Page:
Whether it's fanfic or a published work, a story can change quite a bit from an initial draft to a version which has passed through beta readers or editors. I also got the feeling that the ending of this book was rushed because the author has been delayed for some time and may have wanted to move on to other projects. This feeling is particularly strong because there is a lot left hanging by the end of the series -- enough that it seems obvious this should have been a 4 book series and not a 3 book one.
In my opinion this book should have ended at Kingsmeet, with Laurent being taken by the Regent for trial. Book 4 would have opened with Damen's decision to go after him. Instead, we have things very compressed from that moment on. For starters, why is the entire Veretian council in Akielos? It doesn't make a lot of sense that they needed to be there who's running the kingdom back in Arles? It would have made much more sense had the Regent taken Laurent back to Vere for trial. It's already bad enough that Laurent, Damen, and their most trustworthy supporters have left two armies that have only just learned to tolerate one another back in Karthas under the command of a man who they've had their concerns about.
Keeping a huge army dawdling in an area unprepared to host them is not a recipe for calm, even when they're not longtime enemies.
So the Regent could have delayed their advance by forcing Damen to choose between marching on Ios and returning to Vere in pursuit of Laurent. After all, the Regent has an ally in Kastor and can return by sea anytime as he apparently did with his army the first time.
Such a move simply gives Kastor more time to prepare for Damen's army. Damen, meanwhile, risks losing control of their joint armies because Laurent is slated for execution and he's absent.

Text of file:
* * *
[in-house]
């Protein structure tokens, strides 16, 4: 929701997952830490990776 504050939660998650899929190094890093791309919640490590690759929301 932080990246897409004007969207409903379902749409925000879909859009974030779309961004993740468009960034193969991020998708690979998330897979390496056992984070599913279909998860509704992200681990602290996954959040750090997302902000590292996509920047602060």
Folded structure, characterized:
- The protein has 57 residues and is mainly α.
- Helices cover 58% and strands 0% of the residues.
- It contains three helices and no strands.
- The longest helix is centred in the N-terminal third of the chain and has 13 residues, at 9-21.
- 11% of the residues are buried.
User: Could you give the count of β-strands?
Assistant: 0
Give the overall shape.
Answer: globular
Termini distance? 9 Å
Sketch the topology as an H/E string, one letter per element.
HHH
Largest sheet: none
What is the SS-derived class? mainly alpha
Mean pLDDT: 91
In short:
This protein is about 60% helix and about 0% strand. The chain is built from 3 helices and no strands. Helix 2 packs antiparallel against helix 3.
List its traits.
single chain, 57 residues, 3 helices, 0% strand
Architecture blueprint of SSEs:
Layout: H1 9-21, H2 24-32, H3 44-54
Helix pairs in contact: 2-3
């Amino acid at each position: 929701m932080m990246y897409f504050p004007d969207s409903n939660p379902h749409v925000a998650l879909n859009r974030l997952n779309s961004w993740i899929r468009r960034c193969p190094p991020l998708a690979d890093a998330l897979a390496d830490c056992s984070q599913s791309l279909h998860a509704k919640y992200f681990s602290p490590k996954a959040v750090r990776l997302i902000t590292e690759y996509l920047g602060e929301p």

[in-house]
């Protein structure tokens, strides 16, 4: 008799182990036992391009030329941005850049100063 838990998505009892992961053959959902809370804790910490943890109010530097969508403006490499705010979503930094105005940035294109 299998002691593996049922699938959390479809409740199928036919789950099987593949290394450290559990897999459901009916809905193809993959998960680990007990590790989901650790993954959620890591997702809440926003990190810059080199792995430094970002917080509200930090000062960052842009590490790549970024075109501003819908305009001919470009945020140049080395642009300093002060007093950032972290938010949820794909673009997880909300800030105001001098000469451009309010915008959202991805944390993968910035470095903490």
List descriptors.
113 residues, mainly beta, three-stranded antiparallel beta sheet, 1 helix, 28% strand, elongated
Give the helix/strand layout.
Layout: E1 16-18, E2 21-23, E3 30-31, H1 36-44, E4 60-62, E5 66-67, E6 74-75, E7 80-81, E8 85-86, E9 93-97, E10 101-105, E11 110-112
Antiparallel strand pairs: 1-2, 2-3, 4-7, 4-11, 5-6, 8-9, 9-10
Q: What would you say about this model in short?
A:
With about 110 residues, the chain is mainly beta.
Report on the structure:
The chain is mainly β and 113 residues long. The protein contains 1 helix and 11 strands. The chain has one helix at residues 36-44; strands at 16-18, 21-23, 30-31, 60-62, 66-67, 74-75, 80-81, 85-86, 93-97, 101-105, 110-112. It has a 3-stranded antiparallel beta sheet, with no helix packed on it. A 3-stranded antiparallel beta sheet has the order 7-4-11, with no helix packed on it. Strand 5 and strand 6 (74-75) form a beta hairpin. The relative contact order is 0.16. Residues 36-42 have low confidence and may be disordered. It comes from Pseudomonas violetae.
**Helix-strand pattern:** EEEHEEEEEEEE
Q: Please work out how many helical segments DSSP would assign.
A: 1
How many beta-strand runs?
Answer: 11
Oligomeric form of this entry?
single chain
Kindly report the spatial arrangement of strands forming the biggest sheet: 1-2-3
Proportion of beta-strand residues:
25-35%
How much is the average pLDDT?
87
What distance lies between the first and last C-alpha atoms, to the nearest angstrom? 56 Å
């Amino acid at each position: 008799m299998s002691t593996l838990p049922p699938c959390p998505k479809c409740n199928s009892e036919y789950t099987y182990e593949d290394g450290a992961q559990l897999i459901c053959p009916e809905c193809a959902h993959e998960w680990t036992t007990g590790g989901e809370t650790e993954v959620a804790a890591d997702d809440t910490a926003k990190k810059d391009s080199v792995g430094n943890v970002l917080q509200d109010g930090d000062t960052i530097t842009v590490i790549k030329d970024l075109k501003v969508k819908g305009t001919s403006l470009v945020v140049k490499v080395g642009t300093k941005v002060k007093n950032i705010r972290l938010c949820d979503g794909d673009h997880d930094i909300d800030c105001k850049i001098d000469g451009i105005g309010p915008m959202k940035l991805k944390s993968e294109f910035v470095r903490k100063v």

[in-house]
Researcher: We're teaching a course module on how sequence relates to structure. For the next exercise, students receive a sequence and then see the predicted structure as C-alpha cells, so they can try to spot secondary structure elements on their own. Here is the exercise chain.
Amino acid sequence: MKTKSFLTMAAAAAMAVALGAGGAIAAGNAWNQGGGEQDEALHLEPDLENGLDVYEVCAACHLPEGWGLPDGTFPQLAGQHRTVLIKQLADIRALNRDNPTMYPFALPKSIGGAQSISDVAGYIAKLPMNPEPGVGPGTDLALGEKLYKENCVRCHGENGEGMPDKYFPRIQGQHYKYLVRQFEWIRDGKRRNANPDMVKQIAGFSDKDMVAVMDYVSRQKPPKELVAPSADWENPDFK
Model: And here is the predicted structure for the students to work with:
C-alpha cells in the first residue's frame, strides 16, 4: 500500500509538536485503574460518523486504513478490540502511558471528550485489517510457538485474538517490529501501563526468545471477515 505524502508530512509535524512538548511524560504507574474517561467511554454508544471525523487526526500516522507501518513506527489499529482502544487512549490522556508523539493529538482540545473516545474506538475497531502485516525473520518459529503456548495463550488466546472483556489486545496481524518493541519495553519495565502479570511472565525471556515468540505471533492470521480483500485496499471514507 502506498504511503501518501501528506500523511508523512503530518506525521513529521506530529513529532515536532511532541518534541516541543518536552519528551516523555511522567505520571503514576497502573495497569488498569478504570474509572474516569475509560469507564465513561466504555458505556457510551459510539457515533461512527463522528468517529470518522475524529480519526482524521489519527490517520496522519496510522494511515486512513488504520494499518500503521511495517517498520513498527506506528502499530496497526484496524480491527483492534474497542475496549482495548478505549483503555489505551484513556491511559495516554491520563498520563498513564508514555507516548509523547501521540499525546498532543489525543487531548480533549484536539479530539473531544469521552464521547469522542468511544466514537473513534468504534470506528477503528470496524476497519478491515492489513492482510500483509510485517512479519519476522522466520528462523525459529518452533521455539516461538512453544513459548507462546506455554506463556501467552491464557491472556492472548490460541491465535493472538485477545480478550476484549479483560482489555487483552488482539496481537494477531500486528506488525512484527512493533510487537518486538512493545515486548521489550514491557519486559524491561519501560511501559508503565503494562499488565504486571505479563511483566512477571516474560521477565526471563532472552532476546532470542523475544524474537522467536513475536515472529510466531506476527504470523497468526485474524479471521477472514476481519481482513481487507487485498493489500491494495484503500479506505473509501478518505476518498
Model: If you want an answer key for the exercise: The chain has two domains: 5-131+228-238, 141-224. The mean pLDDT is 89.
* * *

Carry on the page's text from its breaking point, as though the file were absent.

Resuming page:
This raises the stakes considerably and provides more tension, while also making Damen's choice to save Laurent more significant to all observers. The trial could also have used a full two chapters. What I kept wondering when Loyse and Paschal were giving their testimonies was what the Regent was doing in the meantime? Checking his email? This should be a high point of drama, but other than the unexpected and unearned witness appearances, there's no real build to it.
Some things could be the same -- the council supporting Laurent, freeing him, and killing the Regent. Then the two would need return to Akielos at once to keep their armies from marching off and their fragile alliances from disintegrating, allowing for further obstacles and drama.
On the brink of a momentous battle, the future of both their countries hangs in the balance. Forced into an uneasy alliance the two princes journey deep into Akielos, where they face their most dangerous opposition yet.
Get A Copy. Published February 2nd by Penguin Group Australia. More Details Original Title. Captive Prince 3. Goodreads Choice Award Nominee for Romance Other Editions Friend Reviews. To see what your friends thought of this book, please sign up. To ask other readers questions about Kings Rising , please sign up. Are we still getting this book in or do you think it will be now? Thanks guys ;.
Tina Koran I will die if it's not going to be until I check every day to see if there's updates on it and I die a little inside every time there isn't a …more I will die if it's not going to be until I check every day to see if there's updates on it and I die a little inside every time there isn't a release date posted.
At this rate, it looks like it won't be released until unfortunately. This book started out as a trilogy Is this now a series, or is it still a trilogy? Basically, I am asking is if the story ends with this book 3. Sherry The story ends with book 3, but the author is writing 3 additional short stories.